Therefore I think your maximum yield is 126.144 Gulden in 3 years per witness account. And that is based on super positive values (like your account gets selected every time the first time you’re selected to witness).
I think the values on the website https://projectify.me/witness/ are WAY over-estimated and don’t represent anywhere near what’s able to witness in 3 years.
A couple of days ago I had a question about something that bugged me a little bit. In the Gulden desktop wallet (which you can download at Gulden.com) I did create a couple of accounts. A few months later I wanted to reorganize my accounts. This was my previous situation: Continue reading “Gulden – Clear account balance”
What is cooler than knowing that Gulden is a growing network of nodes? Well seeing those nodes is way cooler than only knowing that they are there. A Slack user I’ve been chatting with, named Sebastiaan Pasma has such an overview and it looks totally great. His website GuldenNodes.com gives a visual overview of the nodes connected to each other for the Gulden Blockchain. Continue reading “GuldenNodes.com – Help visualize all the Gulden nodes”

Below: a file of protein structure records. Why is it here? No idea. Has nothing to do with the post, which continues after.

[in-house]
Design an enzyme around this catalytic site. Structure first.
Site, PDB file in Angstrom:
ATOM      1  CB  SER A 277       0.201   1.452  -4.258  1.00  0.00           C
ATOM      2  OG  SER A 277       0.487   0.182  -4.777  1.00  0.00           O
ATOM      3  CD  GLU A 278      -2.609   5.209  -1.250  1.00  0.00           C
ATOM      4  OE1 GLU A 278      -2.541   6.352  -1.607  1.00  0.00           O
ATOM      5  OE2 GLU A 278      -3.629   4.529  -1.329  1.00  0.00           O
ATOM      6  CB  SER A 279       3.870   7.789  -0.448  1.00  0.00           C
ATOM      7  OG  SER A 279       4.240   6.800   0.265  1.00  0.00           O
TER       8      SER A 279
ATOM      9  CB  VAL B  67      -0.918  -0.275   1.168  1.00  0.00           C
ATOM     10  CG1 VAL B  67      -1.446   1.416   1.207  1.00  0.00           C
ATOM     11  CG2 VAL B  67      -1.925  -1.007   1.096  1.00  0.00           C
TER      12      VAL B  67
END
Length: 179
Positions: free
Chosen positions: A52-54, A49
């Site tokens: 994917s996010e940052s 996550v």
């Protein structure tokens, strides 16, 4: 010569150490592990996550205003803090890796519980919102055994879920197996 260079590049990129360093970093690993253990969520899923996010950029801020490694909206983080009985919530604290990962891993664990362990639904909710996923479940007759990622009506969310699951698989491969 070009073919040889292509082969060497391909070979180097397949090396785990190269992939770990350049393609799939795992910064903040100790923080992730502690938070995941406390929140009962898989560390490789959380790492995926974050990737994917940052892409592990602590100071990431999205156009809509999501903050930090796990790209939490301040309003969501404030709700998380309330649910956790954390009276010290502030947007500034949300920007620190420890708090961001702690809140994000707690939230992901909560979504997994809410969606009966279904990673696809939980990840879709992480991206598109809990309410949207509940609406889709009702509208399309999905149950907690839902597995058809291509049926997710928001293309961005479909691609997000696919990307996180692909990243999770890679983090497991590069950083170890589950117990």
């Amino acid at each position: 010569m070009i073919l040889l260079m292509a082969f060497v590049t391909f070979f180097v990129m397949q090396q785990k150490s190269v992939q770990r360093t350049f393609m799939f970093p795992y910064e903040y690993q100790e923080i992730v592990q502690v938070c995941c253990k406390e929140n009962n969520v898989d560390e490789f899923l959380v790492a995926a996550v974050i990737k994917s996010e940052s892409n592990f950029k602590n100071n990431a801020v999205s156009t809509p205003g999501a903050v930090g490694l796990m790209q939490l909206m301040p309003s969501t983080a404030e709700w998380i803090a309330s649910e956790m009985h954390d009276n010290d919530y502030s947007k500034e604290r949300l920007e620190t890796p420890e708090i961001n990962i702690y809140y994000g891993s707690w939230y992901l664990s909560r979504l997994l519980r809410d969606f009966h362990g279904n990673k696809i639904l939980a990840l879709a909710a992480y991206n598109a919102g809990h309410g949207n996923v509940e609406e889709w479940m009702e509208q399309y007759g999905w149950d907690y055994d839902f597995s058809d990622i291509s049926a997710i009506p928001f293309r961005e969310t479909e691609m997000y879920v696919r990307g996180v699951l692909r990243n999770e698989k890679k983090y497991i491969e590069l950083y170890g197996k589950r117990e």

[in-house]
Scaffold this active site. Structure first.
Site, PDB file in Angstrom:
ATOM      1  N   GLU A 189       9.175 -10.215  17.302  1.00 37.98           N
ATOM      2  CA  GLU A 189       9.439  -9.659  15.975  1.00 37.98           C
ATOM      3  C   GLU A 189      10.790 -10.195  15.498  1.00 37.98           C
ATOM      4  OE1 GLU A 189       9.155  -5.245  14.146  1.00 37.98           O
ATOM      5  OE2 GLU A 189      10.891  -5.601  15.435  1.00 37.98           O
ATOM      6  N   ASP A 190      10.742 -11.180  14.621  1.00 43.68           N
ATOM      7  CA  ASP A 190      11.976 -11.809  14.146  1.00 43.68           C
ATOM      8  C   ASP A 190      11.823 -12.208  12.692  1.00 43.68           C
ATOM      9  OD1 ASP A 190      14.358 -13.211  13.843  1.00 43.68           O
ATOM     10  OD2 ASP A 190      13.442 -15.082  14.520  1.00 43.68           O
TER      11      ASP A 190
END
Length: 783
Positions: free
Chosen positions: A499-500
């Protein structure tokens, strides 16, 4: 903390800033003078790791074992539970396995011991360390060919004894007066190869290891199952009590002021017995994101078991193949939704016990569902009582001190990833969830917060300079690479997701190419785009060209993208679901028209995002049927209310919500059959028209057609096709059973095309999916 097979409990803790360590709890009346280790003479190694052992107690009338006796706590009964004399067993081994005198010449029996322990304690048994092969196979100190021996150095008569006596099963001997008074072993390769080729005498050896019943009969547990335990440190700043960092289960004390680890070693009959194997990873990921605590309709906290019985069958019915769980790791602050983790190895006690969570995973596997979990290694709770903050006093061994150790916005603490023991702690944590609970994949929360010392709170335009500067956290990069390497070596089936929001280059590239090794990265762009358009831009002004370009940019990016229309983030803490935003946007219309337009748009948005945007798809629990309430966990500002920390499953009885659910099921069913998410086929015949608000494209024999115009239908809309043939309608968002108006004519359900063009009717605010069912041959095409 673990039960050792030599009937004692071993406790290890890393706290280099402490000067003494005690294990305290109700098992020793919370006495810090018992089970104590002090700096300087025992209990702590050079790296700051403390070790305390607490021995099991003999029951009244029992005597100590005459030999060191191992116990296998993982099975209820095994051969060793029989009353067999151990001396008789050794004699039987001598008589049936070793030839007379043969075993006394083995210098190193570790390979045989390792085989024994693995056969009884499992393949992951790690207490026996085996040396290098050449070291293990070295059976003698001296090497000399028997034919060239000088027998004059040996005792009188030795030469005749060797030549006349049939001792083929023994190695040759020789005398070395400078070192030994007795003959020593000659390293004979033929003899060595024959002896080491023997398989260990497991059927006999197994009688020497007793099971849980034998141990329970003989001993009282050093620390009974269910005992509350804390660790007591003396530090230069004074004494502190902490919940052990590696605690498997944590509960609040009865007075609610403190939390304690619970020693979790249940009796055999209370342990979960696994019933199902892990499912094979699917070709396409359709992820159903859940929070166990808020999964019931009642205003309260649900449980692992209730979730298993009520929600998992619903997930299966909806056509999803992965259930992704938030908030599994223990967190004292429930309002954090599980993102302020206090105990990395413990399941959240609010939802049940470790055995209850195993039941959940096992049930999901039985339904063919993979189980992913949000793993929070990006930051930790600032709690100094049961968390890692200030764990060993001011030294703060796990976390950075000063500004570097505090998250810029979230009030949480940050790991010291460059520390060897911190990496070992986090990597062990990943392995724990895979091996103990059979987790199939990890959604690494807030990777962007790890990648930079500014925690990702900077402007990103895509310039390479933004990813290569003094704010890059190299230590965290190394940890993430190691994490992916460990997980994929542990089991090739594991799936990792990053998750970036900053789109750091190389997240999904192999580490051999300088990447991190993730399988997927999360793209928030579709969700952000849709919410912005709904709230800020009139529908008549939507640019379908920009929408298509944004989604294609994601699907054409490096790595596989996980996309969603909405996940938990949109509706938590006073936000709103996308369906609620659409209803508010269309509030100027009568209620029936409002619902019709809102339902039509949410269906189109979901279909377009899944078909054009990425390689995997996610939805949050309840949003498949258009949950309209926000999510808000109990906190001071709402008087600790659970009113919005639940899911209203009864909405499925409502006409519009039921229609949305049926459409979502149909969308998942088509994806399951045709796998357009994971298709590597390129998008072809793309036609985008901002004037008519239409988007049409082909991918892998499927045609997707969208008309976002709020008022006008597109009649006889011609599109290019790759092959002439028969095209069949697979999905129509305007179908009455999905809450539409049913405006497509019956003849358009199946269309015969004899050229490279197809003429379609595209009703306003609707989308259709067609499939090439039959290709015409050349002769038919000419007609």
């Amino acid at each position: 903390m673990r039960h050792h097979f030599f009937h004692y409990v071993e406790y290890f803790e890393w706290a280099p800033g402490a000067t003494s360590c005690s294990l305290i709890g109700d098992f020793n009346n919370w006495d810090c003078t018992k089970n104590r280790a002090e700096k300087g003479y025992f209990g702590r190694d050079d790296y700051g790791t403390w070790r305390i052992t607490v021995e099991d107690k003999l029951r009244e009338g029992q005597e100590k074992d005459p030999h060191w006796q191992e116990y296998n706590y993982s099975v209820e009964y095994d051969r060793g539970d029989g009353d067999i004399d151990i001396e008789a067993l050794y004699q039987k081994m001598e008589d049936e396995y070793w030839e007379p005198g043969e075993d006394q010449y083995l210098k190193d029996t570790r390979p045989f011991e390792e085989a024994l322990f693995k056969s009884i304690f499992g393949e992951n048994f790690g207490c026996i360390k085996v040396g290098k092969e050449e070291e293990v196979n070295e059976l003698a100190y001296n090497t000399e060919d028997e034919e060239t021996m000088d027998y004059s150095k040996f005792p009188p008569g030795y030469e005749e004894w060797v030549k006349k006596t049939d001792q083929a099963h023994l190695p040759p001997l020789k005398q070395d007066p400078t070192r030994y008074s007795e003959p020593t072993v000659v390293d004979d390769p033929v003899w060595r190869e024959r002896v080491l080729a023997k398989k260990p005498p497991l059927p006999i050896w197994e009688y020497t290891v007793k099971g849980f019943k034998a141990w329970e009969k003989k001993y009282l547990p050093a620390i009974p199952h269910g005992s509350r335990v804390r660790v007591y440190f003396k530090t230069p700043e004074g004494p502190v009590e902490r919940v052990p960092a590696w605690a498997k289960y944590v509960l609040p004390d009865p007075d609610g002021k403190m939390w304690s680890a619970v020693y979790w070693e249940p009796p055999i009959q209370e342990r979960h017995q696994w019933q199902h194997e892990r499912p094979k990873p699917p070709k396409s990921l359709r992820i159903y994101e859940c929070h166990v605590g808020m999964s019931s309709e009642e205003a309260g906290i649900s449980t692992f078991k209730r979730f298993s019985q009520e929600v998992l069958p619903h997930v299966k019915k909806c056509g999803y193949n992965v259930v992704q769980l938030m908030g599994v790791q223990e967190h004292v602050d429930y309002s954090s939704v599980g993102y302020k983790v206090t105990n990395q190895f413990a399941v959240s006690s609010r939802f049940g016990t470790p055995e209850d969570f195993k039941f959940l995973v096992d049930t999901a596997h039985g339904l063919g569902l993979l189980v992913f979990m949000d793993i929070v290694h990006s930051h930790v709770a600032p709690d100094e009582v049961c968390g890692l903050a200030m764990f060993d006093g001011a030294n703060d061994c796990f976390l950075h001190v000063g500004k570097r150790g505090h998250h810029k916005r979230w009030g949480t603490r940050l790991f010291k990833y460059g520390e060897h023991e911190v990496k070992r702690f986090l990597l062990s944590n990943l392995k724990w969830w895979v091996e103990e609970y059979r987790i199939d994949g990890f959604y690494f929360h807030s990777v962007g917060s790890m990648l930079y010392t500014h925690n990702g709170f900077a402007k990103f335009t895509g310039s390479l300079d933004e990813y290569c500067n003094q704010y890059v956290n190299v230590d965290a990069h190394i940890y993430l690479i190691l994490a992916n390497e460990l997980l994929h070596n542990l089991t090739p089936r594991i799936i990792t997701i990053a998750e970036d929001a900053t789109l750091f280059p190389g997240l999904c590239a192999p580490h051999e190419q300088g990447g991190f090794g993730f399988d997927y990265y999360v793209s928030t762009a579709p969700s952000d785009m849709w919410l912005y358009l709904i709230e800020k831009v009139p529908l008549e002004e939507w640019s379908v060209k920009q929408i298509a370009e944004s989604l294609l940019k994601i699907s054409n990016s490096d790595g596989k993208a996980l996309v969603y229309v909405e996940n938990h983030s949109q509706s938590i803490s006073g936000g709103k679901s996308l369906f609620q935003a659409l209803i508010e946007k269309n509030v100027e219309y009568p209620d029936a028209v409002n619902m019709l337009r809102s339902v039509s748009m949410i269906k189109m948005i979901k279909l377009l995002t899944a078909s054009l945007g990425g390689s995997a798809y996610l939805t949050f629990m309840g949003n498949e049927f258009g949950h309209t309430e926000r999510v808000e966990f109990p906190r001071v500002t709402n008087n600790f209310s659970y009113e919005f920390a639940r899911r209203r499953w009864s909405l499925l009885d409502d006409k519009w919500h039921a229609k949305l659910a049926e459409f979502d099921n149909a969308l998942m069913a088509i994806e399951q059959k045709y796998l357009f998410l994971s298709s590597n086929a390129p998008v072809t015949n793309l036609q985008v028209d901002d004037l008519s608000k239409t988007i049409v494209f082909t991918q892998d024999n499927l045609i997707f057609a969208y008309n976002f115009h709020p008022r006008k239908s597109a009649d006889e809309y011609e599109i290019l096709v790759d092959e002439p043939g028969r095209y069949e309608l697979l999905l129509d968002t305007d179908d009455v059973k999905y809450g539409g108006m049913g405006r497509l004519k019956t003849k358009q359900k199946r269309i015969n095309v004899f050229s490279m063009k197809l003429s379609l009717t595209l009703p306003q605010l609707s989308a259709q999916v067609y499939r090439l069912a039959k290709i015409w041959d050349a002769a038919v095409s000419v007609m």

These are the RPC Commands available for the Gulden Blockchain.
Continue reading “Gulden RPC Commands”
The blockchain technology caught my attention a few months back when learning more about Gulden, which is a good alternative to Bitcoin. In my opinion the blockchain technology will be the next big thing in tech for the next few decades. It’s been around for almost 8 years now, and to my opinion hasn’t got enough traction it deserves. Therefore I decided I wanted to do more with this technology and learn more about it. But where to start? How to start? There’s so much to learn about the blockchain that it simply cannot be summarized in a simple blogpost like this. But this blogpost is a summary of what I’ve learned with the Gulden blockchain over the past few weeks.
Continue reading “Get started with (PHP) developing on the Gulden blockchain”